It’s never too early to prepare for a storm

Be prepared — it’s the motto of the Boy Scouts of America and of emergency management agencies across the gulf coast. It should be yours too.

In the Gulf of Mexico, a mass of clouds is brewing a storm — Invest 92L — that has a 70 percent chance of becoming a tropical cyclone in the next four days.

Unfortunately for us, many of the forecast models track the storm heading through Mobile and directly into the Black Belt region.

The storm isn’t expected to become a hurricane or even a strong tropical storm. Worst case scenarios currently predict 40 mph winds, but predictions shouldn’t affect the readiness level of Dallas County residents. After all, no one expected Hurricane Katrina to be one of the five deadliest hurricanes in U.S. history and the sixth strongest hurricane to form in the Atlantic Ocean.

Emergency management agencies preach that families should prepare disaster plans emergency kits and stock non-perishable food, but we often don’t heed the advice.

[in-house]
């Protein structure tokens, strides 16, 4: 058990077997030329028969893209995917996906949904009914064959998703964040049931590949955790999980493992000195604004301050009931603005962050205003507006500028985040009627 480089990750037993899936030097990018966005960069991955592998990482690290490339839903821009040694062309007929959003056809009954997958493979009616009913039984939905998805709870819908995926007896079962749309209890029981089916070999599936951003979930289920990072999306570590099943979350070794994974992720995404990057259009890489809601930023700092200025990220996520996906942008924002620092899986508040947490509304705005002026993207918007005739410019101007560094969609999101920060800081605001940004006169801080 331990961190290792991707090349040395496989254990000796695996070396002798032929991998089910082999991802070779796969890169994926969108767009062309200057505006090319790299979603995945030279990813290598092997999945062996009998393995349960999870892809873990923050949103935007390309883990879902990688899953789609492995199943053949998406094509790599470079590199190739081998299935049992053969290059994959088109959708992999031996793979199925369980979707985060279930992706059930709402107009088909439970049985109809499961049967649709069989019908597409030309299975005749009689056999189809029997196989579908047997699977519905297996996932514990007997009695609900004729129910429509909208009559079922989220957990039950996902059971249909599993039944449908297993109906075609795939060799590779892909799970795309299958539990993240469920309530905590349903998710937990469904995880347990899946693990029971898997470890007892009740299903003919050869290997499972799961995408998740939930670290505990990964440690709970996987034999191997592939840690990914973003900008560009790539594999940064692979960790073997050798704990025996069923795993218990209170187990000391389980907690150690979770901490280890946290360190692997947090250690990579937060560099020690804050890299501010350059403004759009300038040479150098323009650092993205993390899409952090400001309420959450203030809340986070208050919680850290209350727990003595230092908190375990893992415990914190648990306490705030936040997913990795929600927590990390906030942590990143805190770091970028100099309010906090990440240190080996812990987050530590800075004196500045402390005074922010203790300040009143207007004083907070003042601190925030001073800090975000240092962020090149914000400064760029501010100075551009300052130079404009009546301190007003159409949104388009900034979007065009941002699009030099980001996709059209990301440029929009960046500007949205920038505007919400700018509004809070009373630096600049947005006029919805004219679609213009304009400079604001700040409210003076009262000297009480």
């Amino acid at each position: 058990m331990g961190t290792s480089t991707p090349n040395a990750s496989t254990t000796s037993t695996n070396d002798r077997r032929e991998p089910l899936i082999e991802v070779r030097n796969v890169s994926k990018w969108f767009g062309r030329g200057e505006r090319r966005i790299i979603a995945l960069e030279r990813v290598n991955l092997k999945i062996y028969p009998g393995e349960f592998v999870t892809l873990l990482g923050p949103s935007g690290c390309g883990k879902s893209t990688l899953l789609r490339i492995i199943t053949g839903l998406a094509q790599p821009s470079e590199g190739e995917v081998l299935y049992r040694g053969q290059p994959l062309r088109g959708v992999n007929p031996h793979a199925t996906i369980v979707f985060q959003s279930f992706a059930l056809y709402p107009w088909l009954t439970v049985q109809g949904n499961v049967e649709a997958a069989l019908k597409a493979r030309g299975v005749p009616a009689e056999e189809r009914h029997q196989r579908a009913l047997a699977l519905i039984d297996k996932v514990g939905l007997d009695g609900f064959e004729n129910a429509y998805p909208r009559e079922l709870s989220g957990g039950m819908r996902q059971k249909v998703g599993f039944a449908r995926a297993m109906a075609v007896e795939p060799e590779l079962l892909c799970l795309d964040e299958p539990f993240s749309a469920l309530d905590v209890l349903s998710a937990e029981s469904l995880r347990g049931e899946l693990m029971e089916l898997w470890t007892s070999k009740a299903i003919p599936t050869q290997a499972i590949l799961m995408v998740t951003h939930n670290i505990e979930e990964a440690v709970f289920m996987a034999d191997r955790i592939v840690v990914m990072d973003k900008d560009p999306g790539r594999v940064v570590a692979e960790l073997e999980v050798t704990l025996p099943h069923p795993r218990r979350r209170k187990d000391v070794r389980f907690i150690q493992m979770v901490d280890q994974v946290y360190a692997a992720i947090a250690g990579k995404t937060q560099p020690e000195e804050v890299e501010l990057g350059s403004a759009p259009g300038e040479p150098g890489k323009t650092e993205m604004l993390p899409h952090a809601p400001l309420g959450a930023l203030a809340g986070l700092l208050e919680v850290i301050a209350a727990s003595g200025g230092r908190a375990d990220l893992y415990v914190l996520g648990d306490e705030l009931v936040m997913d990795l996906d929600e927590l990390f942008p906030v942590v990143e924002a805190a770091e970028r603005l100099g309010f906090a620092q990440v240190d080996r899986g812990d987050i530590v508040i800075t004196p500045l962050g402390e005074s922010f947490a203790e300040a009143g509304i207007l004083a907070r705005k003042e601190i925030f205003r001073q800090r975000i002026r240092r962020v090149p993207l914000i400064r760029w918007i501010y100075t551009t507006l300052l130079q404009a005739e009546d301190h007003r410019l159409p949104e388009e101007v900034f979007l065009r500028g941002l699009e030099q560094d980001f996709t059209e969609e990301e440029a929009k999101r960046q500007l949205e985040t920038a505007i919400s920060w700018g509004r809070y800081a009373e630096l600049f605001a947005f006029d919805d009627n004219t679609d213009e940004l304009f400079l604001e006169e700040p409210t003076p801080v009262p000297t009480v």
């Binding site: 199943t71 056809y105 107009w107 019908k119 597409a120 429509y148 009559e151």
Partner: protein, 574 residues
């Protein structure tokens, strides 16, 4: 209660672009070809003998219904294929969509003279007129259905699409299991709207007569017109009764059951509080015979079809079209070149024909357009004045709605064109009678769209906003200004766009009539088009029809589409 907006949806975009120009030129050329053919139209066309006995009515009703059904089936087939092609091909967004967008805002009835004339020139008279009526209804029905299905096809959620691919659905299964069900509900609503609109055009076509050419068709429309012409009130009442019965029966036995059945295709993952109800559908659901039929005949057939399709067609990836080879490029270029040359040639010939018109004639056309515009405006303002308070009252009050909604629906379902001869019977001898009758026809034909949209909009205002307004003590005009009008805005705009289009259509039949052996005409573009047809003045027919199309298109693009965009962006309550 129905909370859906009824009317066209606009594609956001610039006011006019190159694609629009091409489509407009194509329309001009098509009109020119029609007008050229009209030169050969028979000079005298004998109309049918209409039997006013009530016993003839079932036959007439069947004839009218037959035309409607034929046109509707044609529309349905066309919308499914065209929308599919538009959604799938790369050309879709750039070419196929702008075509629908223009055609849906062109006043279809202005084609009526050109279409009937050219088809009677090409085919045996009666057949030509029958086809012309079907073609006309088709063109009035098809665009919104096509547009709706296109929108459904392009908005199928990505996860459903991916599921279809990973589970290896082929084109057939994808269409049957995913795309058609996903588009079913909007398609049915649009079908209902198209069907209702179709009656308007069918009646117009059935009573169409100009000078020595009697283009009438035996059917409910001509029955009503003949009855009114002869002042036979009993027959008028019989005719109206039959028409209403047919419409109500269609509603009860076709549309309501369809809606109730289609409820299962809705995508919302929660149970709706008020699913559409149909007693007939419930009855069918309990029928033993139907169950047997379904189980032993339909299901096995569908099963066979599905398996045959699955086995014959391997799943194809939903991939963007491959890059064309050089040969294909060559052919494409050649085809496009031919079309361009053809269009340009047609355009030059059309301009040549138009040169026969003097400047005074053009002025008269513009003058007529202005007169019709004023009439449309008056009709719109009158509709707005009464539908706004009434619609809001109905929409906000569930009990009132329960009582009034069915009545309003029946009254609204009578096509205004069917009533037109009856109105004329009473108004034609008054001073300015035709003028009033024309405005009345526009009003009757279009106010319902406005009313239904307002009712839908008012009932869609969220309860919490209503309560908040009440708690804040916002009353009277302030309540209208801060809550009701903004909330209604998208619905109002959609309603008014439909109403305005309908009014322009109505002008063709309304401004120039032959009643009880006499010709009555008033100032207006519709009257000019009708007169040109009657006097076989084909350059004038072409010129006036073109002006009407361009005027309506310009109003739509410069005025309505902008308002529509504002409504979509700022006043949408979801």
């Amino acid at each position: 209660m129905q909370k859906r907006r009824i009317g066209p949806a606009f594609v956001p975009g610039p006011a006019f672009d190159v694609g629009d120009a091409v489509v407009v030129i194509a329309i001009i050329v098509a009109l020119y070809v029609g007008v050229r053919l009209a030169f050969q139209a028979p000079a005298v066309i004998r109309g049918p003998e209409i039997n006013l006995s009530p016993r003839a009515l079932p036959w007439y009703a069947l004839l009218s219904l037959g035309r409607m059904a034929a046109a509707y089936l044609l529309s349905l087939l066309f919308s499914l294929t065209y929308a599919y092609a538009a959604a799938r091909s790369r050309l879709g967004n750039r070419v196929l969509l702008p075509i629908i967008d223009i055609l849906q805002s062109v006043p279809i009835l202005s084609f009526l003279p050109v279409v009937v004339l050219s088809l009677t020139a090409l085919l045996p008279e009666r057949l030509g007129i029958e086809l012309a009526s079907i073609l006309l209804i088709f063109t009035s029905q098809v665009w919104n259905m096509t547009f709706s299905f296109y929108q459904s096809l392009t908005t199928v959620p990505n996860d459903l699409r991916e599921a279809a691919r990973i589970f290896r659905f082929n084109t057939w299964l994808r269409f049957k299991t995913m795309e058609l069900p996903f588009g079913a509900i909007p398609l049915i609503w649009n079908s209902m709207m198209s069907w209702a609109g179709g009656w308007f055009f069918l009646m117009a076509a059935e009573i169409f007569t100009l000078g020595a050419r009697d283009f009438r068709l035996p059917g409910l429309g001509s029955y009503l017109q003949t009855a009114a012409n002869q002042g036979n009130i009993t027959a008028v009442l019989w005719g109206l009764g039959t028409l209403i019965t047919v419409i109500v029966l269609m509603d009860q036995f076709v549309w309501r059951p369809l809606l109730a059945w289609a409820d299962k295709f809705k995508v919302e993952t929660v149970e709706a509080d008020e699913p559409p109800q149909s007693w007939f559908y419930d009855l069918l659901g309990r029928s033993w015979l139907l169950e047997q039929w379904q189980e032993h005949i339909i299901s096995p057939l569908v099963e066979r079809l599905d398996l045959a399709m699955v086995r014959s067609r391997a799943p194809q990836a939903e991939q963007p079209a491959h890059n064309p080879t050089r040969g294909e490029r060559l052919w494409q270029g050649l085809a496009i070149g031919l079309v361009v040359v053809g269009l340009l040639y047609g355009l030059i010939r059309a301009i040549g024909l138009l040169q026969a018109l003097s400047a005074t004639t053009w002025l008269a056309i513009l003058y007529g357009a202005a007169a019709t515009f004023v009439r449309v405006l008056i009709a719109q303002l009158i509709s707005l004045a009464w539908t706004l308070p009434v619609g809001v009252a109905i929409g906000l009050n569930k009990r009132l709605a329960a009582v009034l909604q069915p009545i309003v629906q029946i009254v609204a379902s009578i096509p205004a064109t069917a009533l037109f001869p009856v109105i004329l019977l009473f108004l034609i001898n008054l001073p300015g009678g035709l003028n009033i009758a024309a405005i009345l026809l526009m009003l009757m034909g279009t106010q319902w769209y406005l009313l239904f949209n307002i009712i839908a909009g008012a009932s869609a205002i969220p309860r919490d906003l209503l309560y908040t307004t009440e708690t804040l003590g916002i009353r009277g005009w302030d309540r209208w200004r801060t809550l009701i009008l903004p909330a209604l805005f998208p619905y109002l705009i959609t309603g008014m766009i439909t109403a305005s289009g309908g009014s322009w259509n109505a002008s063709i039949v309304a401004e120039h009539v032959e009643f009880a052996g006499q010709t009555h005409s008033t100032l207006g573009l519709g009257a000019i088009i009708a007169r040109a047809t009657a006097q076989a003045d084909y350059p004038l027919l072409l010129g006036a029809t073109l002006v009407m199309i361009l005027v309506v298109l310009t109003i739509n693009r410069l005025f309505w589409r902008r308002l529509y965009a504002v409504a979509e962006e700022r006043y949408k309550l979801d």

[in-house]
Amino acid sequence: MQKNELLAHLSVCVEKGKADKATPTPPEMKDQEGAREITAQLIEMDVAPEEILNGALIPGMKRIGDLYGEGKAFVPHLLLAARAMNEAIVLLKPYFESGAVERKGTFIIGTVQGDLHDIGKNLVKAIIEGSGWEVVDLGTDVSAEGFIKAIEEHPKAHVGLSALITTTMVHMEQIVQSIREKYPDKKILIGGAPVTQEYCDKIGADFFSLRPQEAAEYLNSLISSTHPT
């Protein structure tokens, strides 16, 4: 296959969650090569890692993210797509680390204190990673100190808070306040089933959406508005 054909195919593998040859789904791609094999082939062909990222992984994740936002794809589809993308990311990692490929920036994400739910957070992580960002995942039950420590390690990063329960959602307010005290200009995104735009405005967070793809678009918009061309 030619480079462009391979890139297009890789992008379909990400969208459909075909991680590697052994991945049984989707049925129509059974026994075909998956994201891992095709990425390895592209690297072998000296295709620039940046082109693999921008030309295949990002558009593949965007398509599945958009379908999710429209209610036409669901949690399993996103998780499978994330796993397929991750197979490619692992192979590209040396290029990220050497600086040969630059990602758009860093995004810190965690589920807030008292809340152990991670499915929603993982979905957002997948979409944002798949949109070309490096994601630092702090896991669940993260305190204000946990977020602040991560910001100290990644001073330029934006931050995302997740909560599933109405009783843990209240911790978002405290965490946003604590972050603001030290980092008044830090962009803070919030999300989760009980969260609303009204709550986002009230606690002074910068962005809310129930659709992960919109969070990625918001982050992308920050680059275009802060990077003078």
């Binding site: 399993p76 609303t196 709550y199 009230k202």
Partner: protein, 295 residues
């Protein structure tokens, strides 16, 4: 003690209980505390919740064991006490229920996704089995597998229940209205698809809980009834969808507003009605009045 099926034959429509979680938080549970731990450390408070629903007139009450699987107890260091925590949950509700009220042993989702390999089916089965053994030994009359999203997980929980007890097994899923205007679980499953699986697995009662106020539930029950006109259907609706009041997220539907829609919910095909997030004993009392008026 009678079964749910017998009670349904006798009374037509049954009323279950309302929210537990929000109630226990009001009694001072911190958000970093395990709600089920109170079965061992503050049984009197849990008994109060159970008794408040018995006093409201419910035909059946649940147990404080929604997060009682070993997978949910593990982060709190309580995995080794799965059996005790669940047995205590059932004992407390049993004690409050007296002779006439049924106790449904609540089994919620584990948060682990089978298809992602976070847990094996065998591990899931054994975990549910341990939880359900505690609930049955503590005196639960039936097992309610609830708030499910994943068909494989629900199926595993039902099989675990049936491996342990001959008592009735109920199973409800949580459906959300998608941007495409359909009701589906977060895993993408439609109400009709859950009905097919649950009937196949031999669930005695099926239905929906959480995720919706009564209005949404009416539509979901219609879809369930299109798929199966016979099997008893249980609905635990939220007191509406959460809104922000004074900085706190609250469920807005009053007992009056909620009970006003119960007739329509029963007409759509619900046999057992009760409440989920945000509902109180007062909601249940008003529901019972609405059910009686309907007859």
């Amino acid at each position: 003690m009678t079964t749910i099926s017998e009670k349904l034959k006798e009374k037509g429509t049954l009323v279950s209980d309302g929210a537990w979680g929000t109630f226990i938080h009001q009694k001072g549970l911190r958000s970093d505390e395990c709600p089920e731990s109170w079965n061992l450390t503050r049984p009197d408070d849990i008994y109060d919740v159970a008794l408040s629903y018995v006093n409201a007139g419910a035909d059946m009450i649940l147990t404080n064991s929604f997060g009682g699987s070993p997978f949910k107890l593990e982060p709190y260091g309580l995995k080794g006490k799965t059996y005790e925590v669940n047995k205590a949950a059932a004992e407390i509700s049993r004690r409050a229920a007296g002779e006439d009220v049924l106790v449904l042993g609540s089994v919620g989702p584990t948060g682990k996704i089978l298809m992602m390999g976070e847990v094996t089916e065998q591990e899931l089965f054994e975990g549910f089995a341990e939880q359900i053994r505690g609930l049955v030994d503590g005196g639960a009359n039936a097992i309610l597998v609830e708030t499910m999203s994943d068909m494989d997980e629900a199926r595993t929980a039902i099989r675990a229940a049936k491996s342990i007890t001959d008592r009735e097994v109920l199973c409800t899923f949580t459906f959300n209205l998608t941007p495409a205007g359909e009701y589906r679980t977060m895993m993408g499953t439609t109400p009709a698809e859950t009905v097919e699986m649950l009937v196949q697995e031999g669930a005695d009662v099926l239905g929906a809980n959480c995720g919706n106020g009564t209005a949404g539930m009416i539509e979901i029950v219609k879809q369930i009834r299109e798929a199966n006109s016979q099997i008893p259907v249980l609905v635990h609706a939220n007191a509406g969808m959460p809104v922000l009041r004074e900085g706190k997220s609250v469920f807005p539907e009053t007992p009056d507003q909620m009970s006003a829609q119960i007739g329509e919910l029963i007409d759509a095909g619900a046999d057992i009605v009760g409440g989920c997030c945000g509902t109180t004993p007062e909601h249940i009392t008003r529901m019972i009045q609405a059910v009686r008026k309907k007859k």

It won’t happen to us, we are too far away from the gulf, we say.

But it most certainly could.

It isn’t time to stockpile bread, milk and water just yet, but figuring out where your family would go if a hurricane struck Selma is never a bad idea. It’s also important to create a kit that includes items useful in an emergency — a flashlight, non-perishable food, water for at least three days, a battery powered radio, cell phone charger, power source, first aid kit and basic tools.

Dallas County residents won’t be alone in their preparations.

Along with the usual agencies that assist in an emergency — police, sheriff’s deputies, firefighters and ambulances — Selma also has a tremendous asset just outside of the city limits, a FEMA staging facility.

The facility is stocked full of meals ready to eat, water, blankets and 1,600 mobile homes. Selma would be among the first to receive aid in a severe weather situation.

Craig Field also has an 8,000-foot runway that is large enough to accommodate a Boeing 747. Aid could come to Selma quickly and easily.

But a FEMA facility and nearby airport shouldn’t change anything about your family’s preparation.

If Invest 92L dies in the Gulf without dropping an inch on Selma, your family’s preparation won’t be in vain. You will still have a plan and a disaster kit for the remainder of hurricane season.

It’s never too early to prepare, but once a hurricane strikes, it may be too late.